Schools are constantly searching for new ways to engage students in true inquiry which is designed to allow them to develop lifelong learning patterns which will best prepare them for the future. The PYP (Primary Years Program of the International Baccalaureate) educational framework, employed in our school, is built on a constructivist approach where students use prior learning to build new understandings. Sandberg, Maris, & de Gues (2011) suggest that such learning is made possible with the use of mobile technology because inquiry is at the point of need, at the students own ability and in their own time. Yet we ban these powerful devices from our classrooms. We need to look at our policy concerning student owned hand held mobile devices and their possible inclusion in our curriculum.
Edwards-Groves and Langley (2009) discuss a comparative study conducted in NSW which suggests that many students who enter kindergarten are well versed in sending text messages, emailing, uploading digital phones, creating text , using video and voice recording devices. Many mobile devices carried by our students have these functions and more. Students are readily able to not only communicate with others but are also able to create, sort and locate information at the touch of a button. The majority of our students have ready access to mobile devices like cell phones, media players, smart phones, e-readers and other electronic communication devices which allow them to complete these tasks . With the addition of apps specifically designed or utilised to enhance learning, measurement tools, learning games, calculators and polling ability these are very powerful devices indeed. These devices, suggests Morgan (2010,) make it easier for students and teachers to share files, to comment on work and to edit created material because students are not tied to desks, classrooms or timetabled response periods. Why do we ban them?As Sandberg, Maris & de Gues (2011) suggest, mobile devices allow learning to occur anywhere and at any time without restriction. This encourages authentic lifelong learning connected to real life situations, a requirement of a PYP school.
Mader & Smith (2011) recognise many potential uses for mobile devices in the classroom. IPods can be used for recording and sharing oral and video tasks which can then be downloaded by the teacher on a play list to assess at a later date. Cell phones can be utilized for texting information and responding to questions. Educational apps, document creation and retrieval, particularly using One Note and Google Docs, are all useful tools. Quillen (2011) suggests they have the added function of peer to peer content sharing, note taking, collaborative learning, access to information at point of need and when questions arise. Johnson (2010) adds that the ability of devices to access learning games, worksheets, text books, extra readings and a student’s ability to access primary source material all make these tools invaluable.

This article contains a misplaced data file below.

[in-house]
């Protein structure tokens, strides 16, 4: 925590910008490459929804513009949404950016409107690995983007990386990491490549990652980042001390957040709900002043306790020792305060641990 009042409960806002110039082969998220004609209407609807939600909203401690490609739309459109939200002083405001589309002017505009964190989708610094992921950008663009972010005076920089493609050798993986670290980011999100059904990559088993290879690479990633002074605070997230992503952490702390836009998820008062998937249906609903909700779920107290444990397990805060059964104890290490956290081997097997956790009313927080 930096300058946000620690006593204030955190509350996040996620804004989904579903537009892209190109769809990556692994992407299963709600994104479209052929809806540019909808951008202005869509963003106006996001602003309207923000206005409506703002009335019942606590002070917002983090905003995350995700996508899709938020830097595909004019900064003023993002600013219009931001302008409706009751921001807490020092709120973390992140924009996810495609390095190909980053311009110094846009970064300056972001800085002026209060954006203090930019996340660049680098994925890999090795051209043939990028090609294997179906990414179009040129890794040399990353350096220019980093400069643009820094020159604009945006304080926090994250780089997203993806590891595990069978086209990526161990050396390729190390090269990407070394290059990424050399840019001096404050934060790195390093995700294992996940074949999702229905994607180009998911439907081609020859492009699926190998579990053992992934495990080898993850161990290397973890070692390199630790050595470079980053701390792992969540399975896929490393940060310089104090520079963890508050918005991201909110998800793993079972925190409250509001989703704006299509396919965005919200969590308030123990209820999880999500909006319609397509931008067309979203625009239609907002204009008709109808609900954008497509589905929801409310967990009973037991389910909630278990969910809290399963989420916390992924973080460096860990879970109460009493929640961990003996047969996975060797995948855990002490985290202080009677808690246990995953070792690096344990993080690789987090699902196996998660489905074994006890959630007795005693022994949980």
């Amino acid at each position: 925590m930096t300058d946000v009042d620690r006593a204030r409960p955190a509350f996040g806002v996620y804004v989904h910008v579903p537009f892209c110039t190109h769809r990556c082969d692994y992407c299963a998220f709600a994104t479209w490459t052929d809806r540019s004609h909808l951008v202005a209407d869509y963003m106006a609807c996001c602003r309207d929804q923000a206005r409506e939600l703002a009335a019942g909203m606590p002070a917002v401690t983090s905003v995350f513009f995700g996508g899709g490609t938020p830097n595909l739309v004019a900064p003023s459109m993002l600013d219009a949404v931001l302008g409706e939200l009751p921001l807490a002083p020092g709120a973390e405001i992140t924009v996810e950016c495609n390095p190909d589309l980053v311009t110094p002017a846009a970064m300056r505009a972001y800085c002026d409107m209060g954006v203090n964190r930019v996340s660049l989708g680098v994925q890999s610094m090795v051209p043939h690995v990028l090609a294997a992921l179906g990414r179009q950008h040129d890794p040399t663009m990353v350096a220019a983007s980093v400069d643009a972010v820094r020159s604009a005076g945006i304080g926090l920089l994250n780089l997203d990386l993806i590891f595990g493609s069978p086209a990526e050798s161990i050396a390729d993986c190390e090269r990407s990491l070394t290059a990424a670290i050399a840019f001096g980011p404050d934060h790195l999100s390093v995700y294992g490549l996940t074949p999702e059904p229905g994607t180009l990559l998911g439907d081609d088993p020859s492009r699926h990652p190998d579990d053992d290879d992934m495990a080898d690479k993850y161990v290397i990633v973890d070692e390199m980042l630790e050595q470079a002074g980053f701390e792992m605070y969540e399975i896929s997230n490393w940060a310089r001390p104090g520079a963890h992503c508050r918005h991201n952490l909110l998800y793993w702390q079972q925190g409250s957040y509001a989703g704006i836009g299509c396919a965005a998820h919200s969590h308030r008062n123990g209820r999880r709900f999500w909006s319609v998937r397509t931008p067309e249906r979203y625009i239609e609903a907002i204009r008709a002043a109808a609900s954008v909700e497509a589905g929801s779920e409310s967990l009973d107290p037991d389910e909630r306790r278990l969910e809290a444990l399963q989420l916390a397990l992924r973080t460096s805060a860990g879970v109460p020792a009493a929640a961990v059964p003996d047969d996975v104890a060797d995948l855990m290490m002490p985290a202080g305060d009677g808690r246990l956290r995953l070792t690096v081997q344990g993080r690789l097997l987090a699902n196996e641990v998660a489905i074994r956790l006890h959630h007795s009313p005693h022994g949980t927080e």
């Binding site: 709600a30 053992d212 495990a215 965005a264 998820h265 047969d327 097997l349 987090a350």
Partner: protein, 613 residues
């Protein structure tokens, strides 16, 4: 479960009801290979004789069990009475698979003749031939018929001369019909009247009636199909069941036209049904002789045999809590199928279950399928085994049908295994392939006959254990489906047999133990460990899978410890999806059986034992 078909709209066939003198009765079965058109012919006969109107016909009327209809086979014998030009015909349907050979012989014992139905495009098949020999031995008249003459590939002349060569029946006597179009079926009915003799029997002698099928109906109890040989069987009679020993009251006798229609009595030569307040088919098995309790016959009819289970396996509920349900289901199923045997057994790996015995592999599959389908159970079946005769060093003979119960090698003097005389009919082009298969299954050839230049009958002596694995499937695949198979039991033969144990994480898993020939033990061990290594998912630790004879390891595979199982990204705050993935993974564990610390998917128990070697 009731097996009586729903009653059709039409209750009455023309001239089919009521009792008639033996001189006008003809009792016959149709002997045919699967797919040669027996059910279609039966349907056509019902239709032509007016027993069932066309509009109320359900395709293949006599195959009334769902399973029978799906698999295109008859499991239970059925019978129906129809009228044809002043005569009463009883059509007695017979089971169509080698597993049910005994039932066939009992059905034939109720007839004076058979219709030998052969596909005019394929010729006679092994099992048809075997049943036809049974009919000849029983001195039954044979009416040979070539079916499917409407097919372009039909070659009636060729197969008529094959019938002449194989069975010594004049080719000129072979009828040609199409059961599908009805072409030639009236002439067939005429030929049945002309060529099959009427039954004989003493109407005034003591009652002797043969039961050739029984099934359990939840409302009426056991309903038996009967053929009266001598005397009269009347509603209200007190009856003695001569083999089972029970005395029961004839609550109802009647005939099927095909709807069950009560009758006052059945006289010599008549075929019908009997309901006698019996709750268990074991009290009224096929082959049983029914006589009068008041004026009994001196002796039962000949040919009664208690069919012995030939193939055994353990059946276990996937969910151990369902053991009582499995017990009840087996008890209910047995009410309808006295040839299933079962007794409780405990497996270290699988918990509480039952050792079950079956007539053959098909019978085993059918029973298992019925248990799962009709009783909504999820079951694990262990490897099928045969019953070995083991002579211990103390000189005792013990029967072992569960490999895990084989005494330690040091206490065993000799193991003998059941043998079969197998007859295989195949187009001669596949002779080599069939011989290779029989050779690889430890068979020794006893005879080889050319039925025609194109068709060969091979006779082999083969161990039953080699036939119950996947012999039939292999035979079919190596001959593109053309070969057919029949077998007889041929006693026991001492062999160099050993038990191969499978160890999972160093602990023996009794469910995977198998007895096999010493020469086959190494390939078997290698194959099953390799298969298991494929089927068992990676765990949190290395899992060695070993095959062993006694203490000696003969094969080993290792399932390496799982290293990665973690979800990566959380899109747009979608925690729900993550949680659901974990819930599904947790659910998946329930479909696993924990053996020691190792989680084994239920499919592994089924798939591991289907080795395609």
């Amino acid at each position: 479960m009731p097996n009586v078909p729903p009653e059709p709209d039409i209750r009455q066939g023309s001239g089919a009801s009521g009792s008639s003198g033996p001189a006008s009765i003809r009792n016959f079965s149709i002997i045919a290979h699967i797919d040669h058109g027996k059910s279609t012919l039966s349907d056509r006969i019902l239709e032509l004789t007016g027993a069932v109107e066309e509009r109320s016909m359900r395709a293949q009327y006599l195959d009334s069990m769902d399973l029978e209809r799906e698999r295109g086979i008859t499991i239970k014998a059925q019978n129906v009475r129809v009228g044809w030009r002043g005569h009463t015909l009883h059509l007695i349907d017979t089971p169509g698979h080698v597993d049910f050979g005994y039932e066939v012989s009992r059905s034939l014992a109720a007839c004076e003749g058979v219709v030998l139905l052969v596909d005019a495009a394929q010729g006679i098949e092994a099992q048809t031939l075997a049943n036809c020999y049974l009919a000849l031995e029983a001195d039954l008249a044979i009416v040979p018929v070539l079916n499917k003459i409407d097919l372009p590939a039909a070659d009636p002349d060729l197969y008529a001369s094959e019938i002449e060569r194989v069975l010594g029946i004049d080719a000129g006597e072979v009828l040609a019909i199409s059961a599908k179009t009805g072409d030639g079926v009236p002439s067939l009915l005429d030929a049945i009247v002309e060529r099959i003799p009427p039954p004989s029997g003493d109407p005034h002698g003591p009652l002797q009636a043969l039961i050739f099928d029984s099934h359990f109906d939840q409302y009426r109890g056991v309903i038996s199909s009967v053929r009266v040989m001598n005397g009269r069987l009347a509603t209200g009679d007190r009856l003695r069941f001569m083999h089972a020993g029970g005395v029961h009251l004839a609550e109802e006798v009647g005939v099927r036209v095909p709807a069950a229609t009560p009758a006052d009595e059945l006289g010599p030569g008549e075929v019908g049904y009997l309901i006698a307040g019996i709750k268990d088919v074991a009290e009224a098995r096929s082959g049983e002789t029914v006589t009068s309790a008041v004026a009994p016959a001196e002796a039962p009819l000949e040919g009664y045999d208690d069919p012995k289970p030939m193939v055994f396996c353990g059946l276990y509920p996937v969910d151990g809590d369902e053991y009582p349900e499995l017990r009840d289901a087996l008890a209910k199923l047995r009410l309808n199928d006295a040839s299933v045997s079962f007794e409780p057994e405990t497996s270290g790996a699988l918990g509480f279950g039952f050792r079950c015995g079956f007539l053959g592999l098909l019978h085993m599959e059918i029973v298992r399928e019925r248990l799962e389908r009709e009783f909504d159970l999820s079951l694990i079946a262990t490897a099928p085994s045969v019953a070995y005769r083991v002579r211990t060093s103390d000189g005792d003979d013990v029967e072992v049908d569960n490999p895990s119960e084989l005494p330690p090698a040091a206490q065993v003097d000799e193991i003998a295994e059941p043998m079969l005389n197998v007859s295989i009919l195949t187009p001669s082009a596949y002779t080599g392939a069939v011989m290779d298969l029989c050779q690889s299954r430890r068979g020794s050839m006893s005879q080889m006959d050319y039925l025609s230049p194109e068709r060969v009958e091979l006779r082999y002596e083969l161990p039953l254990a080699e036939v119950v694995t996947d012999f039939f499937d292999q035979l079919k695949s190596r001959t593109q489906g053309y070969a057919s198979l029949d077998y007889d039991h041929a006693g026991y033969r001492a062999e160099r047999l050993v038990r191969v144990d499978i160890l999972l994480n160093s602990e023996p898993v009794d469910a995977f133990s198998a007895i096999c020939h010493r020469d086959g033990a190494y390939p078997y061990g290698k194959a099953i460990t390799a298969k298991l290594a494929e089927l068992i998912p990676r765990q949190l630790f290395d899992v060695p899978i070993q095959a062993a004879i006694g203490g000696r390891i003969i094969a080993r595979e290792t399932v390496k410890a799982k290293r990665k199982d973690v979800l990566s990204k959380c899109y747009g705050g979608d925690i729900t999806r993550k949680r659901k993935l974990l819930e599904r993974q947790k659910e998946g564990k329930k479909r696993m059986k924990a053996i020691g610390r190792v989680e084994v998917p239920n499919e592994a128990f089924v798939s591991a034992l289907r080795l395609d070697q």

Mobile devices are being incorporated increasingly into mainstream classrooms. Mader & Smith (2011) discuss a study in which students were encouraged to ask questions relating to subject content via text messaging. Students were less hesitant to ask questions because they did not fear being ridiculed. Students were more inclined to complete homework tasks as they were assessable at a time convenient to them. An interesting study by Gulchak (2008) which was reviewed by Morgan (2010) suggested that mobile devices improved the on-task concentration levels of young boys with emotional and behavioural disorders and could be used effectively with these students. Mader & Smith (2011) record examples of teachers using mobile phones to complete polls, to allow documents to be synchronised between PCs at home and school ,ongoing assessment and feedback being presented immediately and homework updates sent at predetermined times. Students, Johnson (2010) suggests, are being encouraged to participate in a truly global community via blogs with those in other nations. Digital devices are taken on excursions so that students can be taking pictures, videos, recording notes, research questions and access documents rather than just completing paper and pen worksheets.
Students are encouraged to take ownership of their own learning, suggest Mader and Smith (2011) by completing tasks to their own time frame, to search for information to answer questions when the need arises, to problem solve, to collaborate and to create when they wish to. They are no longer bound by classrooms, desks, teacher instruction and direction. Curriculum can be truly differentiated for them. Teachers became learning facilitators and students are encouraged to find their own direction by locating their own answers and indeed their own questions. McCaffrey (2011) explores the ability of modern students to use these mobile technologies to shape their own meaning with an immediacy that has never before been possible. Rogers, Connelly, Hazlewood, & Tedesco (2010) suggest that this is because such devices are light, relatively cheap, easily transported, easy to use and good in varying light settings. They allow for the quick interchange between activities and people.